Even though there’s an entire subplot we could do on the host of threats to internet freedom, privacy, and innovation that come with the TPP, I’d like to take a moment to talk about why this is even happening. Because I haven’t even got to the kicker yet: This entire negotiation process was supposed to be completely secret. The only way the public knows about any of the things we’ve talked about so far is because they were leaked to the press by whistleblowers. And the Obama administration’s trade negotiators won’t show the rest of the draft to anyone.
Except for hundreds of corporate advisors and lobbyists. And while you’re obviously going to want some input from businesses, a trade deal this huge would affect the lives of billions of people, and they might not want the same things as the handful of insiders who have been given special access.
According to a spokesmen for an understandably furious Sen. Ron Wyden, even the few Members of Congress who have been allowed to access the trade documents have to personally go to the Trade Representative’s offices to see them, while the corporate advisors all got passwords that let them view an online version whenever they want.
While defending the need for secrecy in an interview with Reuters, a US Trade Representative named Ron Kirk cited the example of the failed Free Trade Area of the Americas, which collapsed after negotiators released the draft text. This is where the flaws in the logic start to show, because if the argument is that being transparent with the public results in widespread opposition and undermines the US’s negotiating position, you’d think the solution would be to just come up with a trade agreement that the public actually supports in the first place. Instead, the US negotiators are trying to conceal as much of the negotiation process as possible.
It probably doesn’t help that the office of the US Trade Representative is full of people who used to work for Pharmaceutical companies and the entertainment industry. And had it actually stayed secret, a behind the scenes trade deal would have given President Obama a nice way to quietly reverse his positions on controversial issues like intellectual property rights and investor state settlements without enraging the public. But that still leaves us with the question of why President Obama is reversing those positions to begin with.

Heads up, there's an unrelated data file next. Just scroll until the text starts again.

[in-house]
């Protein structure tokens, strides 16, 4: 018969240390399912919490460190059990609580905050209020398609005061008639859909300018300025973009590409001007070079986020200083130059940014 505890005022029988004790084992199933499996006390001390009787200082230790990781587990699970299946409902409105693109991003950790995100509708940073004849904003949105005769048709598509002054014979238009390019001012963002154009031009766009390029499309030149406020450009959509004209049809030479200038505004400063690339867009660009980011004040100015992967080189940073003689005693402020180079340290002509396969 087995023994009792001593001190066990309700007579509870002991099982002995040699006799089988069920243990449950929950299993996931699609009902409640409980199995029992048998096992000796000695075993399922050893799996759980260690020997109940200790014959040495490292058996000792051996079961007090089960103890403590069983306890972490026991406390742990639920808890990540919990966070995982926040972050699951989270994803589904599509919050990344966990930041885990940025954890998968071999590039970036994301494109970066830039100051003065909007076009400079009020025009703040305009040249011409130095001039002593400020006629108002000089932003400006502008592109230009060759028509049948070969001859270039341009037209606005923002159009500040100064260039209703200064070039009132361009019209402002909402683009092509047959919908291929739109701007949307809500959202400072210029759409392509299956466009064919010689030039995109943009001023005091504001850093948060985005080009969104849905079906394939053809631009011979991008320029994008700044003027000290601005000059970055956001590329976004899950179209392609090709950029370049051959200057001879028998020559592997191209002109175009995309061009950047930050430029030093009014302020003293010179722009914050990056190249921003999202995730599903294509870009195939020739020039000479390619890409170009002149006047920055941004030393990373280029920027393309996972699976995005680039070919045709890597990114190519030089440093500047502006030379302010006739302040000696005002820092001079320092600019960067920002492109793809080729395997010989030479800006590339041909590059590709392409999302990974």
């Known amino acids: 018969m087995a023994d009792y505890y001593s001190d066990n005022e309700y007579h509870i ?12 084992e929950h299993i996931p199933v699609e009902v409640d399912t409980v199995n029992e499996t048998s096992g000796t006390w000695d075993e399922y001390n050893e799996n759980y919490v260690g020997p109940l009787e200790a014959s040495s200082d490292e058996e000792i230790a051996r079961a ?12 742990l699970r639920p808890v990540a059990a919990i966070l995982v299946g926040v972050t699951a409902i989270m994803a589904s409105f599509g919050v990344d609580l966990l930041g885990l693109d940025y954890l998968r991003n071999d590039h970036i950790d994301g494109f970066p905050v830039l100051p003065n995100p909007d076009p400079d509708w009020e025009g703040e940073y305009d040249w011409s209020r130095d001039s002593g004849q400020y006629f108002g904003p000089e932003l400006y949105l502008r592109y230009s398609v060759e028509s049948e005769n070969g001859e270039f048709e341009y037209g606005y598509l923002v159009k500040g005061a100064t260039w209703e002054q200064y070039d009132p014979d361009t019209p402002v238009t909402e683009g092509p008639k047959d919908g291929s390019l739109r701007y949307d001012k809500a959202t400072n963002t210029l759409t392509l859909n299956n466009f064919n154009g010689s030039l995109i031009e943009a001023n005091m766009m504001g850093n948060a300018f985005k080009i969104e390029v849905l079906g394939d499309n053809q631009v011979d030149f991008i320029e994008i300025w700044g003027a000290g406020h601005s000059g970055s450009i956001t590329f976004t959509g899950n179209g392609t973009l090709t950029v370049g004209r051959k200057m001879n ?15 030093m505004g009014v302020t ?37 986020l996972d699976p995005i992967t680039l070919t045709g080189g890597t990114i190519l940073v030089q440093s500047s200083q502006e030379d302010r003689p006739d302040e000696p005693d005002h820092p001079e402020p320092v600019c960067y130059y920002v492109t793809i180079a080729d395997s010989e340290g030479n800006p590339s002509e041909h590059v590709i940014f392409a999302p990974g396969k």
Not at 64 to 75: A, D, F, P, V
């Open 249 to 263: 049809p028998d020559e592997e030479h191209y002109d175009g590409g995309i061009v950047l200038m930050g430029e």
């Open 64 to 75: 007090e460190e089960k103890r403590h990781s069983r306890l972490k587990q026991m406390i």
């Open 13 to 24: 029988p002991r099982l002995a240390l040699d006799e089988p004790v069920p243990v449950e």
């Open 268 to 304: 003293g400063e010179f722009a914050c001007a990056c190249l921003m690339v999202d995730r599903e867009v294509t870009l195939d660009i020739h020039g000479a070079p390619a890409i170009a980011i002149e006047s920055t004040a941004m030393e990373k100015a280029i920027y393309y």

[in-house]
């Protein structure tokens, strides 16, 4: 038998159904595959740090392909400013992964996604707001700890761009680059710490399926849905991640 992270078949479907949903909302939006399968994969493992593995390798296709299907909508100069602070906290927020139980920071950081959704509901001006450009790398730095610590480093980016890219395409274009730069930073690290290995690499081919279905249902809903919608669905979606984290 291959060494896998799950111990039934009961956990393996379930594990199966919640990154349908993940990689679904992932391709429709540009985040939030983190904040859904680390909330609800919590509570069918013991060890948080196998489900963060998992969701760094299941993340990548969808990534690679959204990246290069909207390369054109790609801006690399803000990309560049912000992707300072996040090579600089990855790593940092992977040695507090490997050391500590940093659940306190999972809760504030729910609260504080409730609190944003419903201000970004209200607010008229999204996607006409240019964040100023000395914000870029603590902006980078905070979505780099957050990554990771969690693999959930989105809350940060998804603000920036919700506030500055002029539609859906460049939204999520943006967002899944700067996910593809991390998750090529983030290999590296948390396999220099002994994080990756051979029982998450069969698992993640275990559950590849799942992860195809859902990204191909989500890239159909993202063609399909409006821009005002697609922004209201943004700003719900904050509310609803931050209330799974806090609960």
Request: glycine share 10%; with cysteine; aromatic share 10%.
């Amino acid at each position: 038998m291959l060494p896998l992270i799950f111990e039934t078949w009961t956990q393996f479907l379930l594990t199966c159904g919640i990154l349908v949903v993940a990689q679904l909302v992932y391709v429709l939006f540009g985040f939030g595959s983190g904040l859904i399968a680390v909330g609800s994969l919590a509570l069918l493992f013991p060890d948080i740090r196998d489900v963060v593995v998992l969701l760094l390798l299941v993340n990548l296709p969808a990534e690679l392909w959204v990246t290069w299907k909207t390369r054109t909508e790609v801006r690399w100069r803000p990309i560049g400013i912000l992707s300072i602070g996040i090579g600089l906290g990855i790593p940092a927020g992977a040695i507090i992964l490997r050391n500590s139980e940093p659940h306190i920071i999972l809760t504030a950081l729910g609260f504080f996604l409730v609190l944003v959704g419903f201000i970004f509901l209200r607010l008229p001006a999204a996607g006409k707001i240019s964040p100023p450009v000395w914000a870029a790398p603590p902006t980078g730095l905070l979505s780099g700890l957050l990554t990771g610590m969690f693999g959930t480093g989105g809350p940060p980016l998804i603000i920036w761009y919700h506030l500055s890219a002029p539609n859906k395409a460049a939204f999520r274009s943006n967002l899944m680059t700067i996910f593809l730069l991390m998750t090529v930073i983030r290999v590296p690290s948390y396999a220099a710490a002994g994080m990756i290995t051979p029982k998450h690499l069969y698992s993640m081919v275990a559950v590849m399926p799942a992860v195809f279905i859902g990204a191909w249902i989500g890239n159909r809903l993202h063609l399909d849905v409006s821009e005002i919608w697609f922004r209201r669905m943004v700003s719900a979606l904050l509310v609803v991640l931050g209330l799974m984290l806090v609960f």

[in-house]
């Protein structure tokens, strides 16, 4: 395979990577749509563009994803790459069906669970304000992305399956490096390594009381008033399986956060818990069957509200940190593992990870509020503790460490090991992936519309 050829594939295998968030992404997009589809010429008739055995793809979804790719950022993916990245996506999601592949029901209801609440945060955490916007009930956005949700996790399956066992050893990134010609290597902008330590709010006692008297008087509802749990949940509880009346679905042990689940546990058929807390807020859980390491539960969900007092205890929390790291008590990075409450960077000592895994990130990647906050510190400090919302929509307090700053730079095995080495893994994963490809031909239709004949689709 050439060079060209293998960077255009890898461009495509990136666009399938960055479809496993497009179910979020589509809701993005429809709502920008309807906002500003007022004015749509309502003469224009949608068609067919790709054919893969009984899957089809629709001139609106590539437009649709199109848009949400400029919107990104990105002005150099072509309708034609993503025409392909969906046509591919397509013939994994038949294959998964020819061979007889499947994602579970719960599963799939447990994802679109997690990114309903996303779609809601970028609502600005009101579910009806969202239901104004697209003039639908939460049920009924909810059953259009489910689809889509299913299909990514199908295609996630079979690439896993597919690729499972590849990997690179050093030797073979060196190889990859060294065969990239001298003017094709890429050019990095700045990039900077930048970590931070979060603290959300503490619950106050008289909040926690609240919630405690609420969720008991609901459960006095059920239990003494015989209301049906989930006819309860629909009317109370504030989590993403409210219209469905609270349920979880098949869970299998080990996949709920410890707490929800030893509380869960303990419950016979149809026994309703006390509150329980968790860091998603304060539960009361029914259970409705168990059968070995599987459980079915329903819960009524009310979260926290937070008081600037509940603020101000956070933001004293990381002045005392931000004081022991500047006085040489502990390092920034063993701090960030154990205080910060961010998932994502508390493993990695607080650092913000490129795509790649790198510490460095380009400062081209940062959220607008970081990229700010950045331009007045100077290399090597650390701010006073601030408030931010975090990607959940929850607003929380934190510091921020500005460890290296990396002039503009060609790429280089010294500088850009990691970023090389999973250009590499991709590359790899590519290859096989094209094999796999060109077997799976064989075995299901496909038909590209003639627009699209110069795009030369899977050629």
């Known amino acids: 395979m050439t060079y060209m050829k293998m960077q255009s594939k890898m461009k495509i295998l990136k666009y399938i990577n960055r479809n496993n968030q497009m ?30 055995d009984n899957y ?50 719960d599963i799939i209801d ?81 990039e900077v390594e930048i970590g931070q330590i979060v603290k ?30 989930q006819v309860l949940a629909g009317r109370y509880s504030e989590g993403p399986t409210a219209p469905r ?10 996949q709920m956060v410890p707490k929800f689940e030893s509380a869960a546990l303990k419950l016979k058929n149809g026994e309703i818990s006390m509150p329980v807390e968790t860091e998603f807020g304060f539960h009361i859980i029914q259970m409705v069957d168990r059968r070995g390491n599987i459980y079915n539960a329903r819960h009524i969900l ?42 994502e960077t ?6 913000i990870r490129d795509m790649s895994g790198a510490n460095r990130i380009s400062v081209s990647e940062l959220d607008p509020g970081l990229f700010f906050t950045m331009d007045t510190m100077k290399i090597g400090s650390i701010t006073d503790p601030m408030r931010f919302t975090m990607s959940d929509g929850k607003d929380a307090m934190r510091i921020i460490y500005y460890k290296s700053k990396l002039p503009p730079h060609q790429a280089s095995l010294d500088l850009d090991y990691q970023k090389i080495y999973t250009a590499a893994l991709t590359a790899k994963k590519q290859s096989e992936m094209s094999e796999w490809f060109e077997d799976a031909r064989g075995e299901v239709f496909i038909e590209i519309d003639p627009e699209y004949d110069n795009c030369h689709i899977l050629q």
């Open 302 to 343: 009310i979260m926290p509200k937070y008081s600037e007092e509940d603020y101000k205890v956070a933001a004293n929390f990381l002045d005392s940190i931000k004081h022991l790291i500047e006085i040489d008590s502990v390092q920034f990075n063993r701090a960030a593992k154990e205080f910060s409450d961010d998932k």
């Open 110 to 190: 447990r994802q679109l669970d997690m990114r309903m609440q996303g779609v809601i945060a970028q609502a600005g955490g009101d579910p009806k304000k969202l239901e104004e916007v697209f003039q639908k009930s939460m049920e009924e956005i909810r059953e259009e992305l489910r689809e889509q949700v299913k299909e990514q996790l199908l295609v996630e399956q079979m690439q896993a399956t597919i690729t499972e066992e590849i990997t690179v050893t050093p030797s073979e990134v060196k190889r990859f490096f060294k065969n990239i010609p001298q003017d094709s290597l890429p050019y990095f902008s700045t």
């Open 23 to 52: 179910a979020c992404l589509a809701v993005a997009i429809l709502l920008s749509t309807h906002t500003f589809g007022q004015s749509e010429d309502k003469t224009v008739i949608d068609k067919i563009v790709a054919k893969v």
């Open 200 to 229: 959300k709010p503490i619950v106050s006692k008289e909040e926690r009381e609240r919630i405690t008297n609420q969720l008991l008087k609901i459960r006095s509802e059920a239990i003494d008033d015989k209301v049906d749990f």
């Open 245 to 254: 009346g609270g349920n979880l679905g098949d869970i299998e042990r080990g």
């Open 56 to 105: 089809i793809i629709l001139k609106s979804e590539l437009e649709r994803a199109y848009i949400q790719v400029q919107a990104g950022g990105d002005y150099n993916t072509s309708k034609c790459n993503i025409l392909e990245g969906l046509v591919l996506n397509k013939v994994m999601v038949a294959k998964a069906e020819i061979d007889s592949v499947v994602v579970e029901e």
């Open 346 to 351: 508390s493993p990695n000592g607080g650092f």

It could have something to do with the fact that the same special interests that got a sweet advance copy of the TPP and helped shape it into a corporate wishlist also happen to be major political donors. Because while President Obama doesn’t have to worry about raising money for another campaign, the next Democrat who runs for president and the Members of Congress of both parties who will eventually have to approve the TPP do. As much as politicians love to talk about standing up to those evil special interests, they all know that 9 times out of 10, the candidate who raises the most money wins. And since 63.5% of that money comes from .4% of the population, there isn’t a terribly powerful incentive for most politicians to give a damn what the people who aren’t in that .4% think.
So, should we fight stop the TPP? Absolutely yes, and we’ll link you some tools to take action at the end of this video. But unless we get at the root cause — unless we force the money out of our system and criminalize the casual corruption that’s come to define an entire generation of politicians — we’ll be back here in the same place a month from now, fighting the same fight to stop the same kind of innovation-crushing, anticompetitive policies over and over and over again.
The reasons politicians get away with this sort of thing is because they don’t see any consequences for their actions. They’re assuming that they can get away with pushing through as much lobbyist-approved policy as it takes to keep the reelection war chest full as long as they crowbar “middle class” and “jobs” into enough talking points.
I know all of that sounds discouraging, but it really shouldn’t. As far as generation-defining political battles go, we actually don’t have it so bad. We’re not talking about ending apartheid or overthrowing a dictator here — we just have to throw any politicians who won’t make real anti-corruption reform a priority out on their collective ass. And the first step towards making that happen is establishing that getting the money out of politics isn’t some fringe issue. That takes a permanent anti-corruption movement. As it just so happens, that’s what we’re building right here.
I’m Mansur for RepresentUs, and I’ll see you next time.